Any monitoring should go no further than necessary to protect the employer's business interests. Monitoring should be conducted only by designated employees who have been trained to understand the limits on permissible monitoring and to comply with local privacy requirements, including with respect to the safe storage, confidentiality and onward transfer of personal data.

Employers must balance the necessity to protect their corporate interests against the privacy rights of employees.

Best Practice 4: Be cautious when using information from social media to recruit or discipline employees.

Before relying on information from social media sites to make employment-related decisions, employers should proceed cautiously. Not only could the information be inaccurate, but making decisions based on such information creates the risk of unlawful discrimination, a breach of data privacy requirements and/or infringement of an employee's rights to privacy.

In Italy, it is not permissible to refer to social media sites when recruiting and selecting candidates.  In France, although not prohibited by law, recruiters abide by a Code of Conduct which stresses that selection of applicants should be based only on their professional skills and should exclude all elements pertaining to their private lives.

When contemplating disciplinary measures based on information gleaned from social media, employers must try and balance their employees' rights to free speech and privacy with business considerations. Certain rights weigh more heavily depending on the country and location, and may impact the particular employer's decision.

A comparison of decisions by the Employment Tribunal in England and the French Court of Appeals highlights the country-specific nature of balancing employer and employee rights. In both cases an employee posted comments on Facebook that debased the reputation of the employee's respective employer. In the United Kingdom, the Employment Tribunal ruled that the employee's privacy settings, which limited access to his posts to his Facebook friends, did not give him a reasonable expectation of privacy over these posts. Since his employer had been harmed by his derogatory comments, his dismissal was found proper. However, the French Court of Appeals held that the termination of an identically situated employee was unlawful, and found that there was no evidence that the negative posts could be read by people other than the Facebook friends of the employee.  Therefore the employee's Facebook wall was considered private and dismissal of the employee was found to be improper.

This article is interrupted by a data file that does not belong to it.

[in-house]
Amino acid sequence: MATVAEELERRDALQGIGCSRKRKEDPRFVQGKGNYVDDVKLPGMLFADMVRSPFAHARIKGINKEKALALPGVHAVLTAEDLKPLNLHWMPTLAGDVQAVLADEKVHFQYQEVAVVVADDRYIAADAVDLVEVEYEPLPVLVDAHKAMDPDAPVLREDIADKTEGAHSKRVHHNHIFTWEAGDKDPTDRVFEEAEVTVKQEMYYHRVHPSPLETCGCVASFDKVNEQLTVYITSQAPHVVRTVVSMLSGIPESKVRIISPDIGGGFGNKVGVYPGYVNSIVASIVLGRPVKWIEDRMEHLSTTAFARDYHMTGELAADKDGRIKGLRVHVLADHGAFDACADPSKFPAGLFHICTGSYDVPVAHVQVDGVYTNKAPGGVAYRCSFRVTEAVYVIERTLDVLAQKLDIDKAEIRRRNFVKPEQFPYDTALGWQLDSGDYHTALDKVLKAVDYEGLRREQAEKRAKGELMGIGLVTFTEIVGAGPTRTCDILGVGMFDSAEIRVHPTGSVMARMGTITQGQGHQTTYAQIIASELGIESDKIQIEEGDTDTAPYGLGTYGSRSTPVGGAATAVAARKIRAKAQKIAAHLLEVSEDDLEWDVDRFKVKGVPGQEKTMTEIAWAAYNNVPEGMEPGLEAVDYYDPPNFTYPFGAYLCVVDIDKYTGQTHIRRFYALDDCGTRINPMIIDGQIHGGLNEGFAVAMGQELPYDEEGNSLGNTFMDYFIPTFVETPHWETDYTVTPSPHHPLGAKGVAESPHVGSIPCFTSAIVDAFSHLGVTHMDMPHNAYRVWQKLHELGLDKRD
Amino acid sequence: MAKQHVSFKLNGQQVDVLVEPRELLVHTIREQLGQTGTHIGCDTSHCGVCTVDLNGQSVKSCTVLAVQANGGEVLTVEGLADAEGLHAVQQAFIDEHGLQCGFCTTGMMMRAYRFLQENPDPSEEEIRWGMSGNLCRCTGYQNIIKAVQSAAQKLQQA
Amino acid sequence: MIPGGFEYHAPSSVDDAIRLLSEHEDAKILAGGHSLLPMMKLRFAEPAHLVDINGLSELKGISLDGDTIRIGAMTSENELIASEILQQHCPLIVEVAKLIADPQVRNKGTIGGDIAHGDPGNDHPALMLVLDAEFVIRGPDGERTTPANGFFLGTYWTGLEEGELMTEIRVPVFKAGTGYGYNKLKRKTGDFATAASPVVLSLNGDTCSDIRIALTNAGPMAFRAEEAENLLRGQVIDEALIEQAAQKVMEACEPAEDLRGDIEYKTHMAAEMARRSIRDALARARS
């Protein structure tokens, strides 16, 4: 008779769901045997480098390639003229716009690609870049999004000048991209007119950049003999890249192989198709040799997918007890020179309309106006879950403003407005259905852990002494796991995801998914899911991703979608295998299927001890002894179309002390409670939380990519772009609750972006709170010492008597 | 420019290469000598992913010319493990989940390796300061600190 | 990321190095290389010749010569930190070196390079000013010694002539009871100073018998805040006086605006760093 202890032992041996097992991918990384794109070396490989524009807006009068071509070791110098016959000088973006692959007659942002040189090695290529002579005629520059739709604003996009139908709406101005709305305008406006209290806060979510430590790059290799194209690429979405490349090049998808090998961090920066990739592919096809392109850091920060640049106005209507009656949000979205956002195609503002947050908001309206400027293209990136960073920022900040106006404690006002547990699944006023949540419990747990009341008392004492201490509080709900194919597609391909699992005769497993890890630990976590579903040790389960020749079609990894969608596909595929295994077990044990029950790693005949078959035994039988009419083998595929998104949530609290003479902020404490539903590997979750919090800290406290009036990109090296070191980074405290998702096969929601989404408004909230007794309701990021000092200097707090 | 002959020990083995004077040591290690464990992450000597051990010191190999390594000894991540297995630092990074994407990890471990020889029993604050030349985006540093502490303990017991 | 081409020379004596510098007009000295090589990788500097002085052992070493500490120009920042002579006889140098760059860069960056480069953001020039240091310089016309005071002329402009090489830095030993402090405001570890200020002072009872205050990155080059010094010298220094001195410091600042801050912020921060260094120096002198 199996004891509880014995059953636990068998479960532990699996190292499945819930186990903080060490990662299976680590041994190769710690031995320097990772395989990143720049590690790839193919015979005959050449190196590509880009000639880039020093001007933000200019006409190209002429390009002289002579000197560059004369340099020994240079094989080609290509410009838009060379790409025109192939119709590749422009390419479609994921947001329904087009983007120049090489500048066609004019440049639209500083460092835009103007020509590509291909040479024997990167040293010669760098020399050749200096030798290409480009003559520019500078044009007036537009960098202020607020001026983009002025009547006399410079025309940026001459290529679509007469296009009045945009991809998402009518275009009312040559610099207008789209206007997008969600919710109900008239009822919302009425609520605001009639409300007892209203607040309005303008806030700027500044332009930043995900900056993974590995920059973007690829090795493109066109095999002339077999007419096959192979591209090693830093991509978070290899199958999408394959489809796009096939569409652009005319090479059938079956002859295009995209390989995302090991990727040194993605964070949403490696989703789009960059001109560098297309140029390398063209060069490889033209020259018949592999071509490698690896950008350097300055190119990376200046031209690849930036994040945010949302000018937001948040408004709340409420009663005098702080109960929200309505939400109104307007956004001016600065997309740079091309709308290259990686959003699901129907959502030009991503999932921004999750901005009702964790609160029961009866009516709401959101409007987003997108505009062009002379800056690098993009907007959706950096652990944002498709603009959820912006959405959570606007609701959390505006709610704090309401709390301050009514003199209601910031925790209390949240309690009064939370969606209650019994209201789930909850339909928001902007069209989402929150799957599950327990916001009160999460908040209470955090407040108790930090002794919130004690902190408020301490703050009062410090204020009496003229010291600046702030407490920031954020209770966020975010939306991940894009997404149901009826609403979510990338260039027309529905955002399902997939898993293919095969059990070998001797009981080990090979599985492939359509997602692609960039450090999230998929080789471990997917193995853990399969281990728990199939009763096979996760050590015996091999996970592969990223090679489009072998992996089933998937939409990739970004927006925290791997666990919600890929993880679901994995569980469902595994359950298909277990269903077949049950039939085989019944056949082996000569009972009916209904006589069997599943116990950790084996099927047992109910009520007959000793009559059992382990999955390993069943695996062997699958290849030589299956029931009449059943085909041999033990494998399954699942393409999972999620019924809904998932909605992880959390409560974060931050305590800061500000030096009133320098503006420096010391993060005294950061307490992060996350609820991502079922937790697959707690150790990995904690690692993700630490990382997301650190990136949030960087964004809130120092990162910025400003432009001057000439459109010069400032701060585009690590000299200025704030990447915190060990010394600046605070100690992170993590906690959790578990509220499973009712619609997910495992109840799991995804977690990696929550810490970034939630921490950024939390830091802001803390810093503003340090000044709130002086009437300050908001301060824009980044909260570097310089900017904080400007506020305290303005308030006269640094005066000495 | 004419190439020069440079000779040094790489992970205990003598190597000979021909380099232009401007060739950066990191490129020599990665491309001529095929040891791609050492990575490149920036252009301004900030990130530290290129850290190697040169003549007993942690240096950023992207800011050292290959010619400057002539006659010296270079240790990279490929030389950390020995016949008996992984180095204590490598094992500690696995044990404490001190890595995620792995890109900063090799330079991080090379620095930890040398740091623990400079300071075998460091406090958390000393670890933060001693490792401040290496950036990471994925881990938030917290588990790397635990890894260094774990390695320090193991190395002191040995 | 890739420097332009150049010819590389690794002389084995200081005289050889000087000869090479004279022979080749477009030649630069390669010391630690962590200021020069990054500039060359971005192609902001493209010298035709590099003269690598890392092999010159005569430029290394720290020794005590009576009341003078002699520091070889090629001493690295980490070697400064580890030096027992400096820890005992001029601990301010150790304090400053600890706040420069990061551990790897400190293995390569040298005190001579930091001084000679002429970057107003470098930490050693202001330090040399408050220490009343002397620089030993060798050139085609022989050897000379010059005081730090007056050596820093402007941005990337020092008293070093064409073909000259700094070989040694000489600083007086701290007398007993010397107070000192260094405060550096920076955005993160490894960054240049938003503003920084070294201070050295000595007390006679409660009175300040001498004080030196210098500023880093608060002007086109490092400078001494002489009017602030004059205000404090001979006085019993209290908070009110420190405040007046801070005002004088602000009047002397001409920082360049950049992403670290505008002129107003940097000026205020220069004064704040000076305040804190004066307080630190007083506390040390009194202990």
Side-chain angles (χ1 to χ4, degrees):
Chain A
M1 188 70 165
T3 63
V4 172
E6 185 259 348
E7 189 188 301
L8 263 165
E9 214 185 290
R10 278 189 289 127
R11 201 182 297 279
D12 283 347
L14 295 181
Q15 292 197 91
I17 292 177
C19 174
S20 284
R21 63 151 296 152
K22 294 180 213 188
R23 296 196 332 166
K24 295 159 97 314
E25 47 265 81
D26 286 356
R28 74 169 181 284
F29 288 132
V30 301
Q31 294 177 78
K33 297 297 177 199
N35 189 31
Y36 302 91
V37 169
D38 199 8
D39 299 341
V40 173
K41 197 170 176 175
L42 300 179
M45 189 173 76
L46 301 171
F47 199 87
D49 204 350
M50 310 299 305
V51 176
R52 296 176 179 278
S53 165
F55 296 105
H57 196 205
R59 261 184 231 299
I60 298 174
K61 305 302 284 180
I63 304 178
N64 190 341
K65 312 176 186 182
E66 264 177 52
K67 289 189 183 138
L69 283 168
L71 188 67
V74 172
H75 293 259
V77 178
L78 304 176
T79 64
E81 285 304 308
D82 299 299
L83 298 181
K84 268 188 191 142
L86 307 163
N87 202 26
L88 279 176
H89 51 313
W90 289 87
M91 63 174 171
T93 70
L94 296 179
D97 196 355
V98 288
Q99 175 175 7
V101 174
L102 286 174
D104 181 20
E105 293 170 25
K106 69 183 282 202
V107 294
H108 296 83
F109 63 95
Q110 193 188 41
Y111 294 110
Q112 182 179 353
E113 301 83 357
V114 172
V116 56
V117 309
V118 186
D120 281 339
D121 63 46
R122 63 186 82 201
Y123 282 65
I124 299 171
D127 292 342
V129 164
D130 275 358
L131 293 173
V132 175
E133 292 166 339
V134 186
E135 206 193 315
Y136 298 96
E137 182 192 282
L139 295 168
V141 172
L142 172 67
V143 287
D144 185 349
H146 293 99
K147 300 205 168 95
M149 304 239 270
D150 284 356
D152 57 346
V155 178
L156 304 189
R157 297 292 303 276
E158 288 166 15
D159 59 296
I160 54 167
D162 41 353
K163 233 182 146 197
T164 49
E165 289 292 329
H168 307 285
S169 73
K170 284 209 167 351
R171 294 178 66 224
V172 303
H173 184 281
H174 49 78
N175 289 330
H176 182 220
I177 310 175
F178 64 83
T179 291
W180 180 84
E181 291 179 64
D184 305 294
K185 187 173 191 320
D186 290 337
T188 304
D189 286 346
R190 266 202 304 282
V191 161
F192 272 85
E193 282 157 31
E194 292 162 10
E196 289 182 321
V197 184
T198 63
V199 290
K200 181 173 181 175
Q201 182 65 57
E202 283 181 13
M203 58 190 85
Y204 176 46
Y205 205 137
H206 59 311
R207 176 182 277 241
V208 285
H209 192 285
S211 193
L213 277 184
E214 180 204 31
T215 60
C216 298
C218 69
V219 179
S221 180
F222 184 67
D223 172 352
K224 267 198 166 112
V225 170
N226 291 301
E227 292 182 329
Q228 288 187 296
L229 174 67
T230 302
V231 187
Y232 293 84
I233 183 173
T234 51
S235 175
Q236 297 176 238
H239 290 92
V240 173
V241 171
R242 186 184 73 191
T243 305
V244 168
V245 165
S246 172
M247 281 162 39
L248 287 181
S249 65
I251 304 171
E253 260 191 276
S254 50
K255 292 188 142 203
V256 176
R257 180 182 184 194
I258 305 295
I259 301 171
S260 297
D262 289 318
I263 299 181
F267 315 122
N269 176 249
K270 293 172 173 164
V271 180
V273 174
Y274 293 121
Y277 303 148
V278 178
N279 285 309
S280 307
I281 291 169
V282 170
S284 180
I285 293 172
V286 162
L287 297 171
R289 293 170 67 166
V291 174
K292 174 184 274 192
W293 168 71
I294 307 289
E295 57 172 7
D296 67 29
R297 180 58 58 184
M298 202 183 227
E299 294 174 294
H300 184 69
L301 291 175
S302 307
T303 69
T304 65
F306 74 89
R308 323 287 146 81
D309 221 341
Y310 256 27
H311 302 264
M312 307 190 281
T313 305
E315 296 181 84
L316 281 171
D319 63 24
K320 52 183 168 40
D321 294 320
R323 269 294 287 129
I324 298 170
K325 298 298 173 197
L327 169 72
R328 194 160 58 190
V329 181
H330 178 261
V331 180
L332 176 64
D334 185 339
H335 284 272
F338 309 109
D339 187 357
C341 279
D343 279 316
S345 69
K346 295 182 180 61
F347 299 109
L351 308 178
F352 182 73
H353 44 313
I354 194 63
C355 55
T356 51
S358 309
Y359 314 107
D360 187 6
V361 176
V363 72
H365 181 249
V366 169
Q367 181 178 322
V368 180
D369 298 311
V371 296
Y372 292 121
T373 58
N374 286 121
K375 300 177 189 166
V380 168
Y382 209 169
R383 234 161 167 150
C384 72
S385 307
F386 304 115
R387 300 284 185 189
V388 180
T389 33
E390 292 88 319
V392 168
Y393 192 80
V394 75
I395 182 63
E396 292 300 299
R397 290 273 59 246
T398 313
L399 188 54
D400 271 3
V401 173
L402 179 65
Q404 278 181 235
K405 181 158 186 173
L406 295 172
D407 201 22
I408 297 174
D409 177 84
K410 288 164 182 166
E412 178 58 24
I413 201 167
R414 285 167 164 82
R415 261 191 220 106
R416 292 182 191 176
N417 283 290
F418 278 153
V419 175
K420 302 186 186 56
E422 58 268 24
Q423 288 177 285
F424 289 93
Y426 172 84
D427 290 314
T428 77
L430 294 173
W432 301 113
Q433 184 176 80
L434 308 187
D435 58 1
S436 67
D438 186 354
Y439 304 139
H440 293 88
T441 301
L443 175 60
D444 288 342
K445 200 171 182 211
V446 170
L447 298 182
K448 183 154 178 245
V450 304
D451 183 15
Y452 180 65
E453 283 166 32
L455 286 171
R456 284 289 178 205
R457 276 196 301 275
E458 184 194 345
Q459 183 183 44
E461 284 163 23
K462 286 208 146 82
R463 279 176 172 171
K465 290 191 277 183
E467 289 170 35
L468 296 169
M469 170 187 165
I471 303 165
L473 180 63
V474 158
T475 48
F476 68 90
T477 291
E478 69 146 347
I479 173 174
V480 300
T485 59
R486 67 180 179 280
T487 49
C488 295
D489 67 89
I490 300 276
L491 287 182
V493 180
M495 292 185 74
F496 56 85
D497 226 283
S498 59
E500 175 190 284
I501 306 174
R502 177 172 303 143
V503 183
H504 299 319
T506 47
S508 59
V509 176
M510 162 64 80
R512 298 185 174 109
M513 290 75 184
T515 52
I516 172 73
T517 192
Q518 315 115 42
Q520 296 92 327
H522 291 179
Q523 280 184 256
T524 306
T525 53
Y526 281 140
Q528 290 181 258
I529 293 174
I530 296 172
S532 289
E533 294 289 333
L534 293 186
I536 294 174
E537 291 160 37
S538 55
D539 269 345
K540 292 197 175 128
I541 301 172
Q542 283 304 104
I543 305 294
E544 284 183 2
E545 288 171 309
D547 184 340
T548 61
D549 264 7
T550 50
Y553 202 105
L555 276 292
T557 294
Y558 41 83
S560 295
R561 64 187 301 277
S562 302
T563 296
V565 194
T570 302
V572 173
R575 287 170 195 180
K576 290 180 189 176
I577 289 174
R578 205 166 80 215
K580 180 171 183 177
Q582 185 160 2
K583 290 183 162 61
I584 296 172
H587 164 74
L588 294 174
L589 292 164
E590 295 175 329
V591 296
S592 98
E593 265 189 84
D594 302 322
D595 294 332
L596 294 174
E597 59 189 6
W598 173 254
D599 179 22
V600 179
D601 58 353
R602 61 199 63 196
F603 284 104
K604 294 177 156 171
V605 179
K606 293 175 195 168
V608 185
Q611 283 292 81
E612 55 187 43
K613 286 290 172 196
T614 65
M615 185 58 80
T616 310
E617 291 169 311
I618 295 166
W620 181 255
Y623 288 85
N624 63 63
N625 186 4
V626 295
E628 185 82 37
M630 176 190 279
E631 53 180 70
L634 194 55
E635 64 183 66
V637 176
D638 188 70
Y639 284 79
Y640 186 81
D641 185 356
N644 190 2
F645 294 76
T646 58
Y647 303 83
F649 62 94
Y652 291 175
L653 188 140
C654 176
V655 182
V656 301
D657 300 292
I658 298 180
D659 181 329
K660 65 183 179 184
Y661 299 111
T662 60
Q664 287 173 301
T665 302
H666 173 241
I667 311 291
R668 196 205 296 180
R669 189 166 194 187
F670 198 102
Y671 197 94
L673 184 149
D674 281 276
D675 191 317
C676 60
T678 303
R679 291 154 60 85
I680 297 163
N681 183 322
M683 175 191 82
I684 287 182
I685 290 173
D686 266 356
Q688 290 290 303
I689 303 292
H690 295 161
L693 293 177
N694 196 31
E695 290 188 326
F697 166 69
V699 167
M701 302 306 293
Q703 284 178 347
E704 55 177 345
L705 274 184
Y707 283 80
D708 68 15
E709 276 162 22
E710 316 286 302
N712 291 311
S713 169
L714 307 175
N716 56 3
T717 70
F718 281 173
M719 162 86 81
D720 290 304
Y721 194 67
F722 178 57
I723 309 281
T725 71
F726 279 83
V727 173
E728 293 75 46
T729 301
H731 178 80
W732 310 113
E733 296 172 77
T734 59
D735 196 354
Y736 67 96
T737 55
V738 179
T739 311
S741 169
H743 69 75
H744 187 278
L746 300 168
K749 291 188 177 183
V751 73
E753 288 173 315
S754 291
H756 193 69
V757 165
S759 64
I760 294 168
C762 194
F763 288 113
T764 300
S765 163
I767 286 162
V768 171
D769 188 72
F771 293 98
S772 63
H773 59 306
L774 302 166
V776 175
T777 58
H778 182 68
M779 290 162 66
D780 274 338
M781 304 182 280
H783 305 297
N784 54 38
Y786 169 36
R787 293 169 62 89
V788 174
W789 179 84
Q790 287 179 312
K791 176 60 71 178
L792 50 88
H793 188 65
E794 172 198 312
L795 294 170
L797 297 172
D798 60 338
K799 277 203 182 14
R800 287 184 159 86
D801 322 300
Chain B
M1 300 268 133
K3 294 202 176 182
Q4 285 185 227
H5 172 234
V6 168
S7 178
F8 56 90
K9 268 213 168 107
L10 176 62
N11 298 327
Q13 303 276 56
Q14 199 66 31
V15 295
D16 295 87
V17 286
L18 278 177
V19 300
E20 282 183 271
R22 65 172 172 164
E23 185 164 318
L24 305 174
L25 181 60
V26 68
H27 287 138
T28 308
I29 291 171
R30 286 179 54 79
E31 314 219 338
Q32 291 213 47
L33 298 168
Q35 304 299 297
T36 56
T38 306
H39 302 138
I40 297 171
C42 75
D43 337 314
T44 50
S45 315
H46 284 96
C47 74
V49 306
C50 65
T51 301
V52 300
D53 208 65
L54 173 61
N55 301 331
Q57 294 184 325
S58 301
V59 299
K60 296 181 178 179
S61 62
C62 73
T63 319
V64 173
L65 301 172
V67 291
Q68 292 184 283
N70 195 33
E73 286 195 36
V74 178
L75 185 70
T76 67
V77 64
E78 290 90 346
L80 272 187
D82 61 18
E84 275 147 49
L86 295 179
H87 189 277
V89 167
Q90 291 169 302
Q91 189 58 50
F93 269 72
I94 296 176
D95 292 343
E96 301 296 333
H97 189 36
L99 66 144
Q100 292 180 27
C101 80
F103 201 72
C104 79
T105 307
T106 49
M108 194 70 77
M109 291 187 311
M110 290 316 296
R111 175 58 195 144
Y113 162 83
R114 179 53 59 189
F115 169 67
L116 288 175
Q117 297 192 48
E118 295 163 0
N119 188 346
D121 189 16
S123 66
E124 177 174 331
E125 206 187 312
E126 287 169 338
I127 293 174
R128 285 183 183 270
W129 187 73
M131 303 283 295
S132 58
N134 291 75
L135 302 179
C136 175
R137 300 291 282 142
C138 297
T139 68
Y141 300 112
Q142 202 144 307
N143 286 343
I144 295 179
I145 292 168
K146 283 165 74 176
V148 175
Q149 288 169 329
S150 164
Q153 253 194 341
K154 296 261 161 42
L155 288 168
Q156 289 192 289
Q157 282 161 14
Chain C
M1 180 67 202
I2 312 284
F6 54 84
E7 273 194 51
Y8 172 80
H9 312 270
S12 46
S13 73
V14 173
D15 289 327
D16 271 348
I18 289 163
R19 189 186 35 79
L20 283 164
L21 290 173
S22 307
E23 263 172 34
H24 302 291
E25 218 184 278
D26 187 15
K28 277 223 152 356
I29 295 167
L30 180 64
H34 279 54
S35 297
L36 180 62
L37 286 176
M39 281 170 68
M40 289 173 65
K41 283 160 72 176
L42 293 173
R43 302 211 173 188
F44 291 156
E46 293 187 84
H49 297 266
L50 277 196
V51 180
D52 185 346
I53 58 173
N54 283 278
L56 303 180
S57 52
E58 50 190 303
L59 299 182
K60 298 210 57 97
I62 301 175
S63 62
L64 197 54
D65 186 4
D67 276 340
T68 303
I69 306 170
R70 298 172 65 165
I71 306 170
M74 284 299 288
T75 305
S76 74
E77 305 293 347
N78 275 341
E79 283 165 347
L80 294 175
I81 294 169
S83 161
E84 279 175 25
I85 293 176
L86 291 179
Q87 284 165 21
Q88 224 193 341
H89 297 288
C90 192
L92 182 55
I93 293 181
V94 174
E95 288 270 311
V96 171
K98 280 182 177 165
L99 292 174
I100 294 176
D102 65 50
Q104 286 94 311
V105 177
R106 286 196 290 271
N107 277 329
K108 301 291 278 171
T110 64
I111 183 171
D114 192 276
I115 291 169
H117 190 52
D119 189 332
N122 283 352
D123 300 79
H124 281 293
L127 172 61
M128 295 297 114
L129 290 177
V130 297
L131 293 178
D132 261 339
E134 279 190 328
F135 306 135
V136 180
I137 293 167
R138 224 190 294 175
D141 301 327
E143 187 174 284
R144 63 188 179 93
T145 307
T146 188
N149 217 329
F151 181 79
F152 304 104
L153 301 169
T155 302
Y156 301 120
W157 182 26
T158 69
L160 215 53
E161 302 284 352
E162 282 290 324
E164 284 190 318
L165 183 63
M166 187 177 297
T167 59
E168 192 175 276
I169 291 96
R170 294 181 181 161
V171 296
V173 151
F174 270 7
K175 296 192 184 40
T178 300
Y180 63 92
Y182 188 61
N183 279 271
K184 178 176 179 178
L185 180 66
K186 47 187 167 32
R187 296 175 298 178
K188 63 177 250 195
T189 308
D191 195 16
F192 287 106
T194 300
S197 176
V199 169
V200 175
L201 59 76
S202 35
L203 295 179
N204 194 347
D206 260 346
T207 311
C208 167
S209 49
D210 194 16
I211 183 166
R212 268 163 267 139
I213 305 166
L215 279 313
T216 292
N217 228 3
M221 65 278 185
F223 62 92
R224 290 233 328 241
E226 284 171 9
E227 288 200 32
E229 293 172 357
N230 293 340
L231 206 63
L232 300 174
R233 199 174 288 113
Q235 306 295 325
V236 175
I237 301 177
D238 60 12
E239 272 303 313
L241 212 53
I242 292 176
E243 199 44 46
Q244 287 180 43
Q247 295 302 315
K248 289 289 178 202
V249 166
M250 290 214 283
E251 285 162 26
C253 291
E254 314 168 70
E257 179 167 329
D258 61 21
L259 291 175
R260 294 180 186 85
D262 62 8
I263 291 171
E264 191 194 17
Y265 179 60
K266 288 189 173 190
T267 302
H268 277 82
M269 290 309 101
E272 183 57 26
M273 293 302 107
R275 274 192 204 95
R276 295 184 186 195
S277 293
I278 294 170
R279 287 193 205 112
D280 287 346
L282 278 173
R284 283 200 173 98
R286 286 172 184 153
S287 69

Best Practice 5: Protect your company's confidential information.

The misuse of confidential information by employees via social media is emerging as a major issue. Employers should not only address this concern through social media policies, but should also amend provisions dealing with misuse of confidential information to explicitly cover social media. This is particularly important for companies subject to specific regulations and professional confidentiality obligations like the banking and medical sectors.

As social media becomes more prevalent in the workplace, it is increasingly important to consider its global implications, especially for multinational companies.

The content of this article is intended to provide a general guide to the subject matter. Specialist advice should be sought about your specific circumstances.